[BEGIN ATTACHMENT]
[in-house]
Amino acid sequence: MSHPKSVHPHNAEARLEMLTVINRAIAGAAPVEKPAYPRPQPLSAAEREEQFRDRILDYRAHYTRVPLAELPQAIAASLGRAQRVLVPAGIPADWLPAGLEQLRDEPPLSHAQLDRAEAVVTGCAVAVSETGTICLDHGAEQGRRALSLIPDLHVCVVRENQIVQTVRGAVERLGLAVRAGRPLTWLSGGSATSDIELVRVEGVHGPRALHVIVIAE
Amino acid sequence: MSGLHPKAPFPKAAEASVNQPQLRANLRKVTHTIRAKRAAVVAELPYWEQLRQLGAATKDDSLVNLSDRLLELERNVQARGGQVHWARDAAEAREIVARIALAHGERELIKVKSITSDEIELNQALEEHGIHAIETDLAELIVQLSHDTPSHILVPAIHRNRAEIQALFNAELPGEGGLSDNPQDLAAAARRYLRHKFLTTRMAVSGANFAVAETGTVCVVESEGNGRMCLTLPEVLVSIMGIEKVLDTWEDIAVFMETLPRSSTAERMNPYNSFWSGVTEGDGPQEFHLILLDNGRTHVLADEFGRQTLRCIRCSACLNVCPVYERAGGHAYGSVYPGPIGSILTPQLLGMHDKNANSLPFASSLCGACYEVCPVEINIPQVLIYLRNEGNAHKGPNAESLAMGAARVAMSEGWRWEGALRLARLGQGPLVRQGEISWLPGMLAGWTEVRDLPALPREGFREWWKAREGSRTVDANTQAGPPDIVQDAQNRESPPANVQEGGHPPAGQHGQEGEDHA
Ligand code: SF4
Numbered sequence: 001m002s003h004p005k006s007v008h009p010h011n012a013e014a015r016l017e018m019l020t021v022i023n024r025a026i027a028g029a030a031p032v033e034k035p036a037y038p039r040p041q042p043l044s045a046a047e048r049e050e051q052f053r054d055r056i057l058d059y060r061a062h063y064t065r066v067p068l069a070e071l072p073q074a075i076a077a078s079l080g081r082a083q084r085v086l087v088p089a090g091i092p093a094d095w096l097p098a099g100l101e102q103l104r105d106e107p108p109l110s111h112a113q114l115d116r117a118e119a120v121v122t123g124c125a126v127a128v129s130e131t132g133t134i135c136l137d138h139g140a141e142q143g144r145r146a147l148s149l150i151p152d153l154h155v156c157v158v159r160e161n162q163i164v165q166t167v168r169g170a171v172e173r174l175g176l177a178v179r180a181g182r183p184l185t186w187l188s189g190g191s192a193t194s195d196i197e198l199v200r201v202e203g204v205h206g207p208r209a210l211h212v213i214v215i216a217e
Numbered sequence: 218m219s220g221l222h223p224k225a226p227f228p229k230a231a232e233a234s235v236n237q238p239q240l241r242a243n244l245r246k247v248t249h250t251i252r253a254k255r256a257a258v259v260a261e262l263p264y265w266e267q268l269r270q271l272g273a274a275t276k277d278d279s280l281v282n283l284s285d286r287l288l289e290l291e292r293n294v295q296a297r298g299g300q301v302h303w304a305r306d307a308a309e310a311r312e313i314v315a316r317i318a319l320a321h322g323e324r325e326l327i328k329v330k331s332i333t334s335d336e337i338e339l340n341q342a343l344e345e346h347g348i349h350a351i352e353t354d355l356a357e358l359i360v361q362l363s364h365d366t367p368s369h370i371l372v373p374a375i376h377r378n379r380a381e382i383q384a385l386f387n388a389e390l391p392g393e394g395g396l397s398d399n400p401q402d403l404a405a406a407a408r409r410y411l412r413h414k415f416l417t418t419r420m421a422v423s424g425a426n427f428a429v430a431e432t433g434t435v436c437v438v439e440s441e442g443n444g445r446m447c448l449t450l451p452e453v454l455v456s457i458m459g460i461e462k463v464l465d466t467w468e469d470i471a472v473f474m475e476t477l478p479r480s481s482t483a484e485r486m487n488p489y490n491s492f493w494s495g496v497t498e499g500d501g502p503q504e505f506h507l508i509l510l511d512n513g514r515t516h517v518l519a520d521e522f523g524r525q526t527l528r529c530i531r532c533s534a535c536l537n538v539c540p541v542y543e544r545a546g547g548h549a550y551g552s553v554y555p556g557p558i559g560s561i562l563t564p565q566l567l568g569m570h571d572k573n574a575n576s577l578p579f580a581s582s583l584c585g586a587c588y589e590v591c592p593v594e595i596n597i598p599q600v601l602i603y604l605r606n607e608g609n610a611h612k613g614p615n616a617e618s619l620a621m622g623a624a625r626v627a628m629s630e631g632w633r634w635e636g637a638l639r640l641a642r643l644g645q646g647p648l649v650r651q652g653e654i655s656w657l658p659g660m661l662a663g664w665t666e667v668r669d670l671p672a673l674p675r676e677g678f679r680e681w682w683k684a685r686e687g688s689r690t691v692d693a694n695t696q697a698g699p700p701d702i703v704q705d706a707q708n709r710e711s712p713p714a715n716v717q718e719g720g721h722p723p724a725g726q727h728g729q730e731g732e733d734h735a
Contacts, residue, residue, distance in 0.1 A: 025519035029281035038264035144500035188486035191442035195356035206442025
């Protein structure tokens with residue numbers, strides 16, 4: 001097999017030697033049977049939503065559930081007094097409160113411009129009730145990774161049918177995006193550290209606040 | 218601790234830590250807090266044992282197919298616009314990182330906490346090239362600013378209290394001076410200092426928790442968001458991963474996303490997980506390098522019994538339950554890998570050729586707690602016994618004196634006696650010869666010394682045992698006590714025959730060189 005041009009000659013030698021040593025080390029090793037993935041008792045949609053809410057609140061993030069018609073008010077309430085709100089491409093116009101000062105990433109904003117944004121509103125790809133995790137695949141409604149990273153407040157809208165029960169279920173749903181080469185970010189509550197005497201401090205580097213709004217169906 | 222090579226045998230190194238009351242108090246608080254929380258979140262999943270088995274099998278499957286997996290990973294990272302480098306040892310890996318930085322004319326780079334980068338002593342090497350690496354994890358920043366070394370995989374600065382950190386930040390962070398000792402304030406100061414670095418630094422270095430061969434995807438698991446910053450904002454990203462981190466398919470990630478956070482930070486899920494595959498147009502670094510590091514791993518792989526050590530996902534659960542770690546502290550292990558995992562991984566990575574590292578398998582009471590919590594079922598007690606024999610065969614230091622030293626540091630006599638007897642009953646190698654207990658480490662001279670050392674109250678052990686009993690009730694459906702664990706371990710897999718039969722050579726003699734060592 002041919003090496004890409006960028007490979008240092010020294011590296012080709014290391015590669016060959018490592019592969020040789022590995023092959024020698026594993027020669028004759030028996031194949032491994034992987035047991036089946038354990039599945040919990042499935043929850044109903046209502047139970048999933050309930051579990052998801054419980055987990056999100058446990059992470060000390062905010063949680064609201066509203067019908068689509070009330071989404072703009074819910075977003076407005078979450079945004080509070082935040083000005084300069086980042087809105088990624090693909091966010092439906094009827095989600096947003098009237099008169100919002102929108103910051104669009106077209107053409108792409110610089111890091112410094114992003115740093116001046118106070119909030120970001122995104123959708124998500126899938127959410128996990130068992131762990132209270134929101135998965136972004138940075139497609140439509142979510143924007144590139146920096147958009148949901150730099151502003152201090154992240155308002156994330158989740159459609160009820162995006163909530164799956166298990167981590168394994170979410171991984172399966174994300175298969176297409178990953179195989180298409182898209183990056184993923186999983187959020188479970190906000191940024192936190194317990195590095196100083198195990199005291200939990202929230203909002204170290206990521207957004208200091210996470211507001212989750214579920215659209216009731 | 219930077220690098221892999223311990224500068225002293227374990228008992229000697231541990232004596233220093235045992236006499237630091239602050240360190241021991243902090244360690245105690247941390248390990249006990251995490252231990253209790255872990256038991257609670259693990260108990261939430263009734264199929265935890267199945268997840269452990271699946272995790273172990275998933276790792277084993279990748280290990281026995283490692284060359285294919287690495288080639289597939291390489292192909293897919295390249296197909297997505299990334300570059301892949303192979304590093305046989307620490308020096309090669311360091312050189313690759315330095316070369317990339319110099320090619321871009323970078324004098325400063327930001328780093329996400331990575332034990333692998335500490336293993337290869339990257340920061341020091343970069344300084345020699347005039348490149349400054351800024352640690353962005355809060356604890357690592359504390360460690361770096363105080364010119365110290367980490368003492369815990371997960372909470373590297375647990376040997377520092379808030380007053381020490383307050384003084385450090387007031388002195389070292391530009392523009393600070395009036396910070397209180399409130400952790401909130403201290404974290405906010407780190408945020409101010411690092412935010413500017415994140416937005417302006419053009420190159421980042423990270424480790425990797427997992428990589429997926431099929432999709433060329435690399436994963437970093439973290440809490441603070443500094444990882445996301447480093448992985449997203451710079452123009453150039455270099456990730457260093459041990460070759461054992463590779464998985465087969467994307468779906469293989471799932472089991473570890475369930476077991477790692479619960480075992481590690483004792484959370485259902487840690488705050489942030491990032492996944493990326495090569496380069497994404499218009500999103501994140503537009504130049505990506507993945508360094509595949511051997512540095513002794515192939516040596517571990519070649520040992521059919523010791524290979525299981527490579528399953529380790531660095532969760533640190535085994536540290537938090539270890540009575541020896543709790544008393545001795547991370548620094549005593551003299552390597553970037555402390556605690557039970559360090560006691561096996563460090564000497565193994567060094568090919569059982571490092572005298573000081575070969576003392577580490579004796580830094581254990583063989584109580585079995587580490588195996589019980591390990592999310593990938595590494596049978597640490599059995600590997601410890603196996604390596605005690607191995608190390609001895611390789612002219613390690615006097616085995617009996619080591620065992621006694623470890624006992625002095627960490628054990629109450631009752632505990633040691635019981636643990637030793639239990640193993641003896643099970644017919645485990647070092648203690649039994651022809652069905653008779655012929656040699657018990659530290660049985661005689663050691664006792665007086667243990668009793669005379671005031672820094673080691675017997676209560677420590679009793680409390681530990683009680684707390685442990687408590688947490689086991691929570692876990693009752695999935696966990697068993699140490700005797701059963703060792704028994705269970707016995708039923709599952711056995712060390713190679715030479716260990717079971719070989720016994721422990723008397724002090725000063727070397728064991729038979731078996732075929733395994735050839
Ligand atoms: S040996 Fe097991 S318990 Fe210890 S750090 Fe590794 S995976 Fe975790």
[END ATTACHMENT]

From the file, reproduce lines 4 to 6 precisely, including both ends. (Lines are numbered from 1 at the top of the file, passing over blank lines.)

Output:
Ligand code: SF4
Numbered sequence: 001m002s003h004p005k006s007v008h009p010h011n012a013e014a015r016l017e018m019l020t021v022i023n024r025a026i027a028g029a030a031p032v033e034k035p036a037y038p039r040p041q042p043l044s045a046a047e048r049e050e051q052f053r054d055r056i057l058d059y060r061a062h063y064t065r066v067p068l069a070e071l072p073q074a075i076a077a078s079l080g081r082a083q084r085v086l087v088p089a090g091i092p093a094d095w096l097p098a099g100l101e102q103l104r105d106e107p108p109l110s111h112a113q114l115d116r117a118e119a120v121v122t123g124c125a126v127a128v129s130e131t132g133t134i135c136l137d138h139g140a141e142q143g144r145r146a147l148s149l150i151p152d153l154h155v156c157v158v159r160e161n162q163i164v165q166t167v168r169g170a171v172e173r174l175g176l177a178v179r180a181g182r183p184l185t186w187l188s189g190g191s192a193t194s195d196i197e198l199v200r201v202e203g204v205h206g207p208r209a210l211h212v213i214v215i216a217e
Numbered sequence: 218m219s220g221l222h223p224k225a226p227f228p229k230a231a232e233a234s235v236n237q238p239q240l241r242a243n244l245r246k247v248t249h250t251i252r253a254k255r256a257a258v259v260a261e262l263p264y265w266e267q268l269r270q271l272g273a274a275t276k277d278d279s280l281v282n283l284s285d286r287l288l289e290l291e292r293n294v295q296a297r298g299g300q301v302h303w304a305r306d307a308a309e310a311r312e313i314v315a316r317i318a319l320a321h322g323e324r325e326l327i328k329v330k331s332i333t334s335d336e337i338e339l340n341q342a343l344e345e346h347g348i349h350a351i352e353t354d355l356a357e358l359i360v361q362l363s364h365d366t367p368s369h370i371l372v373p374a375i376h377r378n379r380a381e382i383q384a385l386f387n388a389e390l391p392g393e394g395g396l397s398d399n400p401q402d403l404a405a406a407a408r409r410y411l412r413h414k415f416l417t418t419r420m421a422v423s424g425a426n427f428a429v430a431e432t433g434t435v436c437v438v439e440s441e442g443n444g445r446m447c448l449t450l451p452e453v454l455v456s457i458m459g460i461e462k463v464l465d466t467w468e469d470i471a472v473f474m475e476t477l478p479r480s481s482t483a484e485r486m487n488p489y490n491s492f493w494s495g496v497t498e499g500d501g502p503q504e505f506h507l508i509l510l511d512n513g514r515t516h517v518l519a520d521e522f523g524r525q526t527l528r529c530i531r532c533s534a535c536l537n538v539c540p541v542y543e544r545a546g547g548h549a550y551g552s553v554y555p556g557p558i559g560s561i562l563t564p565q566l567l568g569m570h571d572k573n574a575n576s577l578p579f580a581s582s583l584c585g586a587c588y589e590v591c592p593v594e595i596n597i598p599q600v601l602i603y604l605r606n607e608g609n610a611h612k613g614p615n616a617e618s619l620a621m622g623a624a625r626v627a628m629s630e631g632w633r634w635e636g637a638l639r640l641a642r643l644g645q646g647p648l649v650r651q652g653e654i655s656w657l658p659g660m661l662a663g664w665t666e667v668r669d670l671p672a673l674p675r676e677g678f679r680e681w682w683k684a685r686e687g688s689r690t691v692d693a694n695t696q697a698g699p700p701d702i703v704q705d706a707q708n709r710e711s712p713p714a715n716v717q718e719g720g721h722p723p724a725g726q727h728g729q730e731g732e733d734h735a